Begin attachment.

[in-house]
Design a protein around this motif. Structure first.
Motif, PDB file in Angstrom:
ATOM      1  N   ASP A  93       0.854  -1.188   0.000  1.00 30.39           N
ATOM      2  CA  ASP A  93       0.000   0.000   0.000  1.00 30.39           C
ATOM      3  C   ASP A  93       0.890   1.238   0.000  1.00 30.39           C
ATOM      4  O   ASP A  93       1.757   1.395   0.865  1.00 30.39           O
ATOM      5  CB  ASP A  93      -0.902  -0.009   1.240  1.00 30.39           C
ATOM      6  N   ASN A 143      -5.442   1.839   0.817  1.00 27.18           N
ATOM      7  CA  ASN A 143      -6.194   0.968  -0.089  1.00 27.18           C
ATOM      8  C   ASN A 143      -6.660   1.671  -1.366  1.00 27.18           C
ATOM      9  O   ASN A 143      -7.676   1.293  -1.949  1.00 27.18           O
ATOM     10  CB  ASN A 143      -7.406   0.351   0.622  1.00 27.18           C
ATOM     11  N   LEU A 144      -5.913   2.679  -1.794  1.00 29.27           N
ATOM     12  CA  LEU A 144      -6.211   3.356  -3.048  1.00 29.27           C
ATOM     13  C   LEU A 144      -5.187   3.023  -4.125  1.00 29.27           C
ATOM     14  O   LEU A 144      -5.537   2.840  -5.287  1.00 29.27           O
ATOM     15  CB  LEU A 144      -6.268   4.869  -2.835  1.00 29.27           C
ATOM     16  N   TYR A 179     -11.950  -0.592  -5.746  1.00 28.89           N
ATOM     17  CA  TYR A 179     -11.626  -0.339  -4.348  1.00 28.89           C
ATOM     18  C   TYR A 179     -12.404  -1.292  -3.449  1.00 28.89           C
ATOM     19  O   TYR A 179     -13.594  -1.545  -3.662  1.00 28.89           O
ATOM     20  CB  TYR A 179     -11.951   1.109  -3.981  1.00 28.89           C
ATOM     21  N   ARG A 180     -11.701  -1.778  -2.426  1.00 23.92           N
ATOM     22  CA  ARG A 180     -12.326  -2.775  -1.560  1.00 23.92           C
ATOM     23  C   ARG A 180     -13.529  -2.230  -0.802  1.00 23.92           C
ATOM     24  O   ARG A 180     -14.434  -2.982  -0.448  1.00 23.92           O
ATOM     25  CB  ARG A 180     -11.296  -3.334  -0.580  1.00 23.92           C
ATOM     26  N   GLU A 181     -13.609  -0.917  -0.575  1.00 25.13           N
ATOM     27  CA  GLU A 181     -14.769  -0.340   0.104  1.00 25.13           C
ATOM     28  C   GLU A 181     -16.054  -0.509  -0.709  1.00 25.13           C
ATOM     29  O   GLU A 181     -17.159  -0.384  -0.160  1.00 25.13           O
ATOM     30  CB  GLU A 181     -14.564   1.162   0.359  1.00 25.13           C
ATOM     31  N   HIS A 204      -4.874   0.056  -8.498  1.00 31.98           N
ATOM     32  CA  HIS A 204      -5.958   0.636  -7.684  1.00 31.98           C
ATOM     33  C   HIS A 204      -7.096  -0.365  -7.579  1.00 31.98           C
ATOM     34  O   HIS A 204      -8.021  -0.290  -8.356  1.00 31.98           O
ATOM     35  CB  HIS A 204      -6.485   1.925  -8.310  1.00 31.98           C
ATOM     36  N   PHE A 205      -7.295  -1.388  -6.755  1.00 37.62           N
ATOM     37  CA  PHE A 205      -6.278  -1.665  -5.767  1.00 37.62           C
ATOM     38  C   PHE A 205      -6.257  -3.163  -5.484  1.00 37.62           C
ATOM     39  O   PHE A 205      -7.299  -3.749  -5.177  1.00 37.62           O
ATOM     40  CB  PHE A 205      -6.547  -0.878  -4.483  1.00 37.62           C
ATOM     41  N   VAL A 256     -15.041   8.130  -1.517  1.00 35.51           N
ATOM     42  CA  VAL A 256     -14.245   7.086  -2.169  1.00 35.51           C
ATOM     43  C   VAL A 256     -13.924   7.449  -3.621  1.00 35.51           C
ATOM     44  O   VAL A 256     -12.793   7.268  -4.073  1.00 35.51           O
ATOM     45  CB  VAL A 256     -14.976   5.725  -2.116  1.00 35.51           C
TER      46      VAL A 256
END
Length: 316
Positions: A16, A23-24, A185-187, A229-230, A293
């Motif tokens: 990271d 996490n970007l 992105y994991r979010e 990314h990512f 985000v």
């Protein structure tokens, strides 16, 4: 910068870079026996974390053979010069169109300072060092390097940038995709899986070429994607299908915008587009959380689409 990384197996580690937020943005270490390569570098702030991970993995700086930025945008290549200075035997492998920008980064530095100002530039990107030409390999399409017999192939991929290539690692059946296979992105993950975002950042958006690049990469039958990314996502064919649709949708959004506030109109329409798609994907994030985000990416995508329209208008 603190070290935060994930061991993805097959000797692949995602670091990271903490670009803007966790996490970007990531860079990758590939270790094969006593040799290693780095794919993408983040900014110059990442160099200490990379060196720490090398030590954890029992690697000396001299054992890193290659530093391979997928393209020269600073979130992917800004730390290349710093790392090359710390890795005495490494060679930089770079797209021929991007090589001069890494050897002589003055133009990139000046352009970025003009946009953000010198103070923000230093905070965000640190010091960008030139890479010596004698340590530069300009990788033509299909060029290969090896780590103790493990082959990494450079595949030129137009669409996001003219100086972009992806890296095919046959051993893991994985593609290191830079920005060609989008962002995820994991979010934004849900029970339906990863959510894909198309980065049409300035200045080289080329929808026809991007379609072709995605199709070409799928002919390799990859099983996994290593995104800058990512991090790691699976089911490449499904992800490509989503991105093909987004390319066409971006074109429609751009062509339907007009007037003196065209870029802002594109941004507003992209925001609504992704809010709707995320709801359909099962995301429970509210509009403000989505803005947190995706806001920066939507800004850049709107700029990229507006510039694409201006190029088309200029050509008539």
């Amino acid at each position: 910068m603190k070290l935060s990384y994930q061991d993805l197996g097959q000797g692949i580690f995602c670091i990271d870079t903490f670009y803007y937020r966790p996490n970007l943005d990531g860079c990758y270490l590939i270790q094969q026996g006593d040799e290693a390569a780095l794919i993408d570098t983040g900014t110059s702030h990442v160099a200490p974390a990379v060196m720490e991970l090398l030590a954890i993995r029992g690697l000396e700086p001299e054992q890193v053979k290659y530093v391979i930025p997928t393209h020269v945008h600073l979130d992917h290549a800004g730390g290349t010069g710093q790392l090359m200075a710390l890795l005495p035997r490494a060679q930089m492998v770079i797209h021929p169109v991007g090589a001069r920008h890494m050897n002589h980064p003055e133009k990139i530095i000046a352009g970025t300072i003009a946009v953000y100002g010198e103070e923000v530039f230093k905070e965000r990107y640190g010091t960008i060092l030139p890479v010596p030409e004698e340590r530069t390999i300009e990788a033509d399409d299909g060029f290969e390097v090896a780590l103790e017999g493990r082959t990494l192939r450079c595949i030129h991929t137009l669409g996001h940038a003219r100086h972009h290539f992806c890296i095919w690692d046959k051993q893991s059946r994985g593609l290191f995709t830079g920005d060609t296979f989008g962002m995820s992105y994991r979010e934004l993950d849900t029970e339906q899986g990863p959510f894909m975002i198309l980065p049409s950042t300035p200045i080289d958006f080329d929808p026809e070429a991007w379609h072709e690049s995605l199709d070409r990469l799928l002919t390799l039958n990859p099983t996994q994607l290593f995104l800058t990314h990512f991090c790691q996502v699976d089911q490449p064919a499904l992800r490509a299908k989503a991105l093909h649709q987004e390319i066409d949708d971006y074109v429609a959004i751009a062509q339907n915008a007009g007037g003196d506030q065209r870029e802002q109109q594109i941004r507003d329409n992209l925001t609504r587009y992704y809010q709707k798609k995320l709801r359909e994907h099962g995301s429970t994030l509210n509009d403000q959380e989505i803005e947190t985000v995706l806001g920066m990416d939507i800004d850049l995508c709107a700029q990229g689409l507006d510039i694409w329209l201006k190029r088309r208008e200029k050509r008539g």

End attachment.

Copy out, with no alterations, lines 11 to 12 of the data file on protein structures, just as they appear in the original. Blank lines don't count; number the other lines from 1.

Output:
ATOM      8  C   ASN A 143      -6.660   1.671  -1.366  1.00 27.18           C
ATOM      9  O   ASN A 143      -7.676   1.293  -1.949  1.00 27.18           O